Last week’s annual Women in Wine event put on by the Women for Winesense Napa/Sonoma chapter was held on Thursday evening, March 5th at the Napa Valley College Performing Arts Center. The event included a raffle and silent auction through which $1600 toward the scholarship fund was raised. The highlight of the evening, however, was an informative and lively panel discussion featuring eight women wine professionals.
The first hour and a half was devoted to wine tastings including the wines of the featured winemaker panel guests. Cynthia Cosco of Passaggio Wines was pouring her unoaked Chardonnay, a pure, fresh expression of fruit with enough balance to round off the finish. Jillian Johnson DeLeon of Onesta Wines offered a Cinsault rosé made from grapes from 130 year old vines. The wine had tart cranberry and strawberry aromas with a sloe gin finish. Penny Gadd-Coster of Rack and Riddle was pouring a North Coast sparkling wine that had tropical fruit aromas, fine bubbles and a smooth finish. Two other winemakers, also on the panel, Sara Fowler of Peju and Rebecca Jenkins of Clarbec Wines were available during the social hour as were Karen MacNeil, wine writer and author of The Wine Bible and Theresa Dorr, CMO of Active Consulting.
The panel discussion portion of the event was held in the auditorium. Moderated by Jeff Davis, host of ‘On the Wine Road,’ the panel touched on how the wine industry has changed in the past 30 years. “A lot has changed since we were all getting into the business,” stated Shelley Lindgren, owner and wine director of A16 and SPQR in San Francisco. Karen MacNeil described the wine world of the 1970’s as “owned by five men in New York. Everyone who produced wine in the world would come and do tastings for just these five men. There were no women in the wine business in New York City.” Sara Fowler said of becoming a winemaker in the 1980’s, “One of the challenges was being female and being taken seriously.” Though all on the panel agreed with Shelley Lindgren that, “The wine industry has changed so much. It’s constantly evolving just like wine evolves.” A big part of the change is the number of women professionals in the wine industry today.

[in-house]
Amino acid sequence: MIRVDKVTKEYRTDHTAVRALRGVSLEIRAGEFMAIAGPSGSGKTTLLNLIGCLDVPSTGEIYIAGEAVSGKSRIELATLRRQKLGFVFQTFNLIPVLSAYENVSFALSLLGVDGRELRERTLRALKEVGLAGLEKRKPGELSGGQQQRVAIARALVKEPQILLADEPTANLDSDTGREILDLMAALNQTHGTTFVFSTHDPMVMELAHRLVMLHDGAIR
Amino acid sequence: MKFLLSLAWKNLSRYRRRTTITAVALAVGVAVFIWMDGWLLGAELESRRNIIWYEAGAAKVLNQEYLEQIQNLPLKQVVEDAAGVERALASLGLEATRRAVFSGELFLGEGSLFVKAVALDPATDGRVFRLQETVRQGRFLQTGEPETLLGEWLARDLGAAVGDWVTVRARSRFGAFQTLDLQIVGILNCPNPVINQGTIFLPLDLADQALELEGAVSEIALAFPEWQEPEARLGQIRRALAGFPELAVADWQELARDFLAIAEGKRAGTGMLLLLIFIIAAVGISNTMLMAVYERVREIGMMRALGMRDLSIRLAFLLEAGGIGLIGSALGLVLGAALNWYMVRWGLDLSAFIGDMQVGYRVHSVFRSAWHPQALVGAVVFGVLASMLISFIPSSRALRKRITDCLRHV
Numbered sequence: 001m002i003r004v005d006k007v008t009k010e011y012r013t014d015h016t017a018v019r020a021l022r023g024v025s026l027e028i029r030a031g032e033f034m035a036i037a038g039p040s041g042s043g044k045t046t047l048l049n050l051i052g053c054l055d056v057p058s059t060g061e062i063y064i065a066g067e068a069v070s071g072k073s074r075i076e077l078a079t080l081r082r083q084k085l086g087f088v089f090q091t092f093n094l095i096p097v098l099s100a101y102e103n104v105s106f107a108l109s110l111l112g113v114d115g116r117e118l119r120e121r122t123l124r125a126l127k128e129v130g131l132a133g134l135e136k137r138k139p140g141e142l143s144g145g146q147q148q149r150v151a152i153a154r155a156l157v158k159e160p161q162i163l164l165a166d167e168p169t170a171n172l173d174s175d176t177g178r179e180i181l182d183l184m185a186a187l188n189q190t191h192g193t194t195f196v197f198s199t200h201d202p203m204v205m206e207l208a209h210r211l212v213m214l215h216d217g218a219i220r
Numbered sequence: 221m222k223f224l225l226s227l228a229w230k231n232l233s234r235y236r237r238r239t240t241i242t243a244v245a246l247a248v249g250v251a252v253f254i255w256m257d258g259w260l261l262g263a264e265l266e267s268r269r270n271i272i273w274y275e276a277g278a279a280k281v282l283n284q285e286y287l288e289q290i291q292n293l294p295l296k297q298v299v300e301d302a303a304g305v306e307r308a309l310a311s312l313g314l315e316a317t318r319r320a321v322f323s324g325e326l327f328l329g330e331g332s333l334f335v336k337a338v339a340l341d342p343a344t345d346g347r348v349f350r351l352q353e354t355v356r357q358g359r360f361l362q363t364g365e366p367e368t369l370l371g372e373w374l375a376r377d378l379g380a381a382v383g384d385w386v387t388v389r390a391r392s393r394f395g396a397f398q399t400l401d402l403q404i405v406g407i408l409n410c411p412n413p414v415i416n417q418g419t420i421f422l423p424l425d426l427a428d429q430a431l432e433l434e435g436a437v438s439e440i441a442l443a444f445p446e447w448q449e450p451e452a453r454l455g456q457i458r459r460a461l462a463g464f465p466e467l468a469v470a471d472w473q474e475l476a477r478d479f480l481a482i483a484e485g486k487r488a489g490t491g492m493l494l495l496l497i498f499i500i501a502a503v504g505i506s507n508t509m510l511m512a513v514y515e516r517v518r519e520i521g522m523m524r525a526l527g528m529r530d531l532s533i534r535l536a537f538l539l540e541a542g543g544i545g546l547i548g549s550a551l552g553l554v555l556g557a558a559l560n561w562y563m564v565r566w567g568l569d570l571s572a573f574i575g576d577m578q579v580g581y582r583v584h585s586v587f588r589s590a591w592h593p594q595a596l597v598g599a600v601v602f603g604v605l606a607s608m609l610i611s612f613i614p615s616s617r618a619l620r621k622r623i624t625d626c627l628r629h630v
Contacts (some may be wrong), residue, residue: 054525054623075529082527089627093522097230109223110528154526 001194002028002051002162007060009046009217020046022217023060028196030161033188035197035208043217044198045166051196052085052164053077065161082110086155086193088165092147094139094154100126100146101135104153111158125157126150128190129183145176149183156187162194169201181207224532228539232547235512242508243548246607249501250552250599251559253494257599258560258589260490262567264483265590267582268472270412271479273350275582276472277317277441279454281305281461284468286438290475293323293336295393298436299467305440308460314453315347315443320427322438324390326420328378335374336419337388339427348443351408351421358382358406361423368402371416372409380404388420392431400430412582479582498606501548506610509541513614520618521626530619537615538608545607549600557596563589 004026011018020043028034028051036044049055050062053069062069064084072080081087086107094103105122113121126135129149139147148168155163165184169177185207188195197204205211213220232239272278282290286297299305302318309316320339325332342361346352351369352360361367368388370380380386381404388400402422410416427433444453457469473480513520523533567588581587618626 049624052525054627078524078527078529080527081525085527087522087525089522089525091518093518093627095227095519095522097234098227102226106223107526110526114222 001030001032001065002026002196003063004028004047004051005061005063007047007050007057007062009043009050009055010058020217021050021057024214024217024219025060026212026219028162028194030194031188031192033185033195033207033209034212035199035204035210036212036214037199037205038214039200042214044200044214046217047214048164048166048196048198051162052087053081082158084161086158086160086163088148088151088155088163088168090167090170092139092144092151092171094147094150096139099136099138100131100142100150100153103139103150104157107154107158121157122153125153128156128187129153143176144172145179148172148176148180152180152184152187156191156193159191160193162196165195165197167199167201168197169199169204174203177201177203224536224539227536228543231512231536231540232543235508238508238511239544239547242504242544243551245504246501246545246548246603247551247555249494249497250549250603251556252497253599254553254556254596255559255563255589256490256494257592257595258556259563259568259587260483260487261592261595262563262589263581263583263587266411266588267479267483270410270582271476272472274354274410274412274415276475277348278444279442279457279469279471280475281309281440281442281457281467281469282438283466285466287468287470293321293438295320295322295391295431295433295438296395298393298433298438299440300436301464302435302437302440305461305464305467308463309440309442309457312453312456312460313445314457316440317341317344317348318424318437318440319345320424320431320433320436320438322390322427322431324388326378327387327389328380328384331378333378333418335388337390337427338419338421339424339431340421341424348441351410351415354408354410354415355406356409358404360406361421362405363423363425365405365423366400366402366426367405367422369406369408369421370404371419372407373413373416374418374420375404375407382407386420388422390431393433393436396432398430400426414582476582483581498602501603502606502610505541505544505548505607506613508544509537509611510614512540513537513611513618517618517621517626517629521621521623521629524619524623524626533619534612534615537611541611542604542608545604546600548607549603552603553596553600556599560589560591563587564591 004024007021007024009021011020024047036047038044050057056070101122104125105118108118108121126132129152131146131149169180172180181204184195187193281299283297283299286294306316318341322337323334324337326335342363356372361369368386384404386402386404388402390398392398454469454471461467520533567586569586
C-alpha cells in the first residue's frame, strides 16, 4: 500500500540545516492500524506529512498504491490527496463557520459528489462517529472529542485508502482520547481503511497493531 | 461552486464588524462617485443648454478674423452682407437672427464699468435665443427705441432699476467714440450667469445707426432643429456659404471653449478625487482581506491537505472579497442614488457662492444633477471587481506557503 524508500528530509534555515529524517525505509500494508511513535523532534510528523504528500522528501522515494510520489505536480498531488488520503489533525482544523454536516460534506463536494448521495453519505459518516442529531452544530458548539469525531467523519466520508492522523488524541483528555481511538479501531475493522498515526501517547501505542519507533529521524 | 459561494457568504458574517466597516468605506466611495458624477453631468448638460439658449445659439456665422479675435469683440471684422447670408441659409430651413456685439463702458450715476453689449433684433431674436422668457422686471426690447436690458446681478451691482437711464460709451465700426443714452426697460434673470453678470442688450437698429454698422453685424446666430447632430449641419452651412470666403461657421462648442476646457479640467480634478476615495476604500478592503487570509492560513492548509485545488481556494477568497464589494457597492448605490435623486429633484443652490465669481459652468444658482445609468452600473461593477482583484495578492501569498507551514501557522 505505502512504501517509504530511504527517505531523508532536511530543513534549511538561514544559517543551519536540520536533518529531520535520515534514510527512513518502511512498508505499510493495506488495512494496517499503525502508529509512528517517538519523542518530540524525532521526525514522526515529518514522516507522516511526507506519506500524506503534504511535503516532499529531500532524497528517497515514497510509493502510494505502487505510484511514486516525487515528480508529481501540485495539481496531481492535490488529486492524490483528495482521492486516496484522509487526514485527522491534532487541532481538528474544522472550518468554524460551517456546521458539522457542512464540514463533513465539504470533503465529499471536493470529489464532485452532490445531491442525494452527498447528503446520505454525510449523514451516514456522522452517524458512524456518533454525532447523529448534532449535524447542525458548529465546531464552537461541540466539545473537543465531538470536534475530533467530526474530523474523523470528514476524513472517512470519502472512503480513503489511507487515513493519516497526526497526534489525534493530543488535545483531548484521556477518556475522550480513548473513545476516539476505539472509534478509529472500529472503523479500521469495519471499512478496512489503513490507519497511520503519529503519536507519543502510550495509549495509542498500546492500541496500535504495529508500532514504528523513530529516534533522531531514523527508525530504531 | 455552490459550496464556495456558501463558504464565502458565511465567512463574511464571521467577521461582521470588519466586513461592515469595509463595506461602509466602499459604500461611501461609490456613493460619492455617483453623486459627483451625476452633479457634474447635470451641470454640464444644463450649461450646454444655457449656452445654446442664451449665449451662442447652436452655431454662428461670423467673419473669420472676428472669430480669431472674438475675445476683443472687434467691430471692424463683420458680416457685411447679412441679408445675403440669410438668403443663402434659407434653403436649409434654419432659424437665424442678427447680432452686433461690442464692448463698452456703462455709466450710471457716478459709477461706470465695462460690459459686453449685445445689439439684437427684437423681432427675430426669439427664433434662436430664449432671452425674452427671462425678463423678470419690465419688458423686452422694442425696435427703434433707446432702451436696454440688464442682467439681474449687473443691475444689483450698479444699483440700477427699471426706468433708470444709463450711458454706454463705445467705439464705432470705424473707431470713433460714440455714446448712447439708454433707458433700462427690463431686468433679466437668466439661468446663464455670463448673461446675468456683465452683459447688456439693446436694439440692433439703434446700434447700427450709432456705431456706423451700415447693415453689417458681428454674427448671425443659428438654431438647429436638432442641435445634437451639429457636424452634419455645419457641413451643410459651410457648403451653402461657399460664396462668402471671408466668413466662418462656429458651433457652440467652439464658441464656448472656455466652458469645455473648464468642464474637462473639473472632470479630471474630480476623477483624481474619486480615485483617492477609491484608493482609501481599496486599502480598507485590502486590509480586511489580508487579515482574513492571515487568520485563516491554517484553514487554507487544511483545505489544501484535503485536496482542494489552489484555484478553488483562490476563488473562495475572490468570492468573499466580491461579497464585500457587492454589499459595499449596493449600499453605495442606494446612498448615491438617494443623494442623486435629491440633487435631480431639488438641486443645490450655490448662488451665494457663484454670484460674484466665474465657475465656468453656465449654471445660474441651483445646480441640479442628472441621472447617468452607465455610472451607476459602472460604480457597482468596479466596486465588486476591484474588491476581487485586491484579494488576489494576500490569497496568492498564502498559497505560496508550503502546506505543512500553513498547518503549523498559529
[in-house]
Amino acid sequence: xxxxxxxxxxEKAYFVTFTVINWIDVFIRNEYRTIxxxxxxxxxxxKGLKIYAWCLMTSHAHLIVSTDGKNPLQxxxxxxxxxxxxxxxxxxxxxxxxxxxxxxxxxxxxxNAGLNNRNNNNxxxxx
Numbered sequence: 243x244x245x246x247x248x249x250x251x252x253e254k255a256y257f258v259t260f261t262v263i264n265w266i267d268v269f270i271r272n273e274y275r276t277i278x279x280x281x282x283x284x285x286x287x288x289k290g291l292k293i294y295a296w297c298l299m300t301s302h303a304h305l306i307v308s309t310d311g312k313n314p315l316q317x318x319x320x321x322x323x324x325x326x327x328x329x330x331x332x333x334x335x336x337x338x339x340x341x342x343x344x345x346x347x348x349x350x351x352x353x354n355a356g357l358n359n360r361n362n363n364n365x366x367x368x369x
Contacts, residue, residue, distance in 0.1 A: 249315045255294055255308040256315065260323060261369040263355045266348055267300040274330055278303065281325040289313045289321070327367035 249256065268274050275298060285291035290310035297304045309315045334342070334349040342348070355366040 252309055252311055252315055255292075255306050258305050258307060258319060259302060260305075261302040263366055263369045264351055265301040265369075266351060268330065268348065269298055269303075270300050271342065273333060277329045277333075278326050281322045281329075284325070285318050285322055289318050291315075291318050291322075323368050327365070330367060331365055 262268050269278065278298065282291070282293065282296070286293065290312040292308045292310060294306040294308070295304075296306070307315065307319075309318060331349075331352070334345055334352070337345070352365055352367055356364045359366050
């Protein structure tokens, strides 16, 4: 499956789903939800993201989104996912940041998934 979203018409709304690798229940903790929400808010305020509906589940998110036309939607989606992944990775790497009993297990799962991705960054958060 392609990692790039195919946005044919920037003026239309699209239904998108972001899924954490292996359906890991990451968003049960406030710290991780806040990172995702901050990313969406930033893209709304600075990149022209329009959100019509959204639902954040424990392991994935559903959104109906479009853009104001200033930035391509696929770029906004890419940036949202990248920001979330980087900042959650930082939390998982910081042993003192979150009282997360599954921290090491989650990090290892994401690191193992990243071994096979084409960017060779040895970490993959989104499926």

The panelists talked about their personal wine journeys, both the hard work and the rewards. Karen MacNeil noted “It takes a really long time to learn how to write well. It takes a long time to learn to teach well, and , of course, as we all know, it takes a long time to learn wine at least moderately well.” When talking about her job, Cynthia Cosco said, “I don’t think people really realize how much work is involved in making wine. It really never stops.” But, when it comes to the people in the wine industry, Jillian Johnson DeLeon said, “You meet some amazing people along the way.” It is people who have guided and continue to guide these wine professionals. As Penny Gadd-Coster noted, “I keep learning from all my customers.”
When it came to giving advice to women who are just getting into the wine industry, the theme was courage. Karen MacNeil advised, “Don’t start out with a question. Start out with a declarative statement, ‘I can do this.’” Theresa Dorr advised, “Don’t be afraid to knock on doors. Don’t be afraid to ask.” Rebecca Jenkins, CEO of Clarbec Wines and CFO of Madrone Vineyard Management said, “You have to stand up for yourself.”
The panelists shared their experiences and advice generously. As their individual stories unfolded during the panel discussion, it became very clear that, as Cynthia Cosco noted, “Women in this industry are very gracious.”